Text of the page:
psych Archive

Hundred Word Reviews for August 2019, Part Two

Ten more reviews. All new music, covered in the space of 100 words each. Jazzmeia Horn – Love & Liberation I love instrumental jazz, but I have to admit that vocal jazz resonates less strongly with me. Thus, you’ll find remarkably few reviews here that cover jazz vocalists. This is well worth an exception; very

A Look Back at Pink Floyd’s ‘More’ Soundtrack (Part 2)

Continued from Part One… A very brief instrumental, the unimaginatively named “Party Sequence” features Nick Mason on several overdubbed bongo drums, with wife Lindy trilling along on penny whistle. Side Two of the original More album opens in grand fashion with “Main Theme.” The gong would become an integral component of Pink Floyd’s live set

A Look Back at Pink Floyd’s ‘More’ Soundtrack (Part 1)

As 1969 began, decisive changes were underway for Pink Floyd. After making two albums and a number of singles with Norman Smith in the control room, Pink Floyd began to move toward self-producing. And having had successful experiences – at least from a creative standpoint – working on film soundtracks, the band decided to plunge

Album Review: Aura Blaze – The Sparkling Black

Well, well: this is unexpected. The press on this album suggested something in the vein of Pink Floyd; oddly, one act I don’t hear in this music is Floyd. But as “Overture” Solar Emerge” opens, Aura Blaze sounds more like Caravan. As the song unfolds, the instrumentation reveals hints of National Health and Egg, more

Album Review: The Gun — Gun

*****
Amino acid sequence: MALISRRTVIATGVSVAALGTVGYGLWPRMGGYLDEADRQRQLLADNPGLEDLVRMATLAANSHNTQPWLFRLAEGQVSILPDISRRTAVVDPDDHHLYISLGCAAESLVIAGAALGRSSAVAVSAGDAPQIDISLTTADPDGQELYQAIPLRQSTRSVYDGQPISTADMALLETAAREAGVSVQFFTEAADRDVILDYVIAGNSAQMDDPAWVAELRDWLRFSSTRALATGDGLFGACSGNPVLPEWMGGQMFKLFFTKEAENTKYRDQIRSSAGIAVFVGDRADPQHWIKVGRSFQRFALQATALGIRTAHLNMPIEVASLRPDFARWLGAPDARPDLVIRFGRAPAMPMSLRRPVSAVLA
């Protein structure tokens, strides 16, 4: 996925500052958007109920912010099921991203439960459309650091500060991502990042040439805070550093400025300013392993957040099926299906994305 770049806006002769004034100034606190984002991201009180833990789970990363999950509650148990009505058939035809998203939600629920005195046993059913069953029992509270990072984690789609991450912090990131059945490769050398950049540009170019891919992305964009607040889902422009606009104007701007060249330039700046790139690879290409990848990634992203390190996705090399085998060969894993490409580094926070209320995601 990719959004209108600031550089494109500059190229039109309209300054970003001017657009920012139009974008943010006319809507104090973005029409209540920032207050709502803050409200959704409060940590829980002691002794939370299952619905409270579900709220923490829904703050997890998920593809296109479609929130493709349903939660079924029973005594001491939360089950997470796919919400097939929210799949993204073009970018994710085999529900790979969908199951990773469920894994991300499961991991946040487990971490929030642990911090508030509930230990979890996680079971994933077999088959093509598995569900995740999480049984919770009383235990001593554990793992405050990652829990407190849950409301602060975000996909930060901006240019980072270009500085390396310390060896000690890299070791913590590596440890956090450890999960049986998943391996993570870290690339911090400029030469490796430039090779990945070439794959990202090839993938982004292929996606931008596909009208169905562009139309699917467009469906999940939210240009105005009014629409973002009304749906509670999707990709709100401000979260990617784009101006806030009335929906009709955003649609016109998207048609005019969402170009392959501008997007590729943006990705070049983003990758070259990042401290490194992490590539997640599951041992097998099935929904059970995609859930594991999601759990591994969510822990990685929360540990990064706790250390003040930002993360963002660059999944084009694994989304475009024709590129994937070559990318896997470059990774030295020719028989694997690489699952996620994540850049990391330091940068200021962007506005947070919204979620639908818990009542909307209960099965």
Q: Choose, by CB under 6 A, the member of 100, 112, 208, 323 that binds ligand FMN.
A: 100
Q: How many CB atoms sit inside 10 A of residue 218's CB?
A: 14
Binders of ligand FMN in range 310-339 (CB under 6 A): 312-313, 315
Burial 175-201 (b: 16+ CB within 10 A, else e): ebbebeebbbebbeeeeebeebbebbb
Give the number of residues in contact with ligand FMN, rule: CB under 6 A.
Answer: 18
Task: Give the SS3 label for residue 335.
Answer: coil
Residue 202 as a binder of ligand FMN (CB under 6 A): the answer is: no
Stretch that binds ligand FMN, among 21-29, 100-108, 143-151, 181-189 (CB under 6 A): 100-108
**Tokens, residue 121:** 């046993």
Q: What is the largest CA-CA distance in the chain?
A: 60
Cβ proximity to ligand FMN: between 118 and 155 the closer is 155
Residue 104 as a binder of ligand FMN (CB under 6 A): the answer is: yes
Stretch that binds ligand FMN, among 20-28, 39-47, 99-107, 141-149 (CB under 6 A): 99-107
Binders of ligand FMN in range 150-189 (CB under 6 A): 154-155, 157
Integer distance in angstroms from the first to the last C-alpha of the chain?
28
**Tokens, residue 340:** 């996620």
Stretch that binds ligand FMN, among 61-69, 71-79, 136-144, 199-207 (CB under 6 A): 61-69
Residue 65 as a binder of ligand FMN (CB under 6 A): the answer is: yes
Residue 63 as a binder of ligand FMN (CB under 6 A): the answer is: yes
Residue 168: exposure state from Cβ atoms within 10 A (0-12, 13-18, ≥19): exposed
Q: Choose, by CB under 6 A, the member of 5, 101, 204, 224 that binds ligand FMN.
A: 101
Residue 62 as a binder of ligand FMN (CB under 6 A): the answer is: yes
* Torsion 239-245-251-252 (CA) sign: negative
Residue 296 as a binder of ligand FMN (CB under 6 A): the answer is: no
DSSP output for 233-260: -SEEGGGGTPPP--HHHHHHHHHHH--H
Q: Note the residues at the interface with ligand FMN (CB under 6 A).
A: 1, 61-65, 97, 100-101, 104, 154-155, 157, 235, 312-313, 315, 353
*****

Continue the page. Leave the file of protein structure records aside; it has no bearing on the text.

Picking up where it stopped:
Brothers Adrian and Paul Gurvitz launched The Gun in 1967 a a re-branded and slimmed-down version of their previous band the Knack (no relation to the American power pop quartet). Then using the surname Curtis, guitarist Adrian and bassist Paul led a power trio with Louie Farrell on drums. Taking an aggressive and decidedly psychedelic

Album Review: Various Artists — Soul Explosion

There’s undeniable appeal in retrospective compilations. With the benefit of hindsight and historical context, compilers can curate a set of songs that displays the character of a given theme, be it a style of music, a genre, or a survey of a particular label’s output. Legendary Memphis label Stax has been the subject of quite

Even More Hundred-worders for May 2019

I’m determined to keep my backlog of music-for-review to a manageable size. Making that happen means that once again it’s time for ten of my quickie reviews. So off we go. These are all new or very recent titles of new music. Girls on Grass – Dirty Power I really like this record. Right off

Album Review: Chocolate Watchband — This is My Voice

Exemplars of 1960s psychedelic garage rock, San Jose, California’s Chocolate Watchband nonetheless suffered greatly at the hands of the band’s label and (to a lesser extent) producer. Over the course of the group’s three albums of that era, not once did the members find themselves free to make an album that honestly reflected the band’s

Purple Image: Funk-Psych Lost and Found, Part Two

Continued from Part One… First setting up in Adams’s basement, the new group began work. To insulate the sound and avoid annoying the neighbors, Adams says, “I put out an edict that each member bring a mattress. We had eight mattresses on the walls and windows.” They worked collaboratively to develop a full arrangement of

Purple Image: Funk-Psych Lost and Found, Part One

The late 1960s and early ‘70s provided inspiration for young musicians around the globe. In the wake of the success of bands like the Beatles and Rolling Stones – and literally hundreds of others – the idea that one could make one’s own original music and bring it to a receptive audience took hold nearly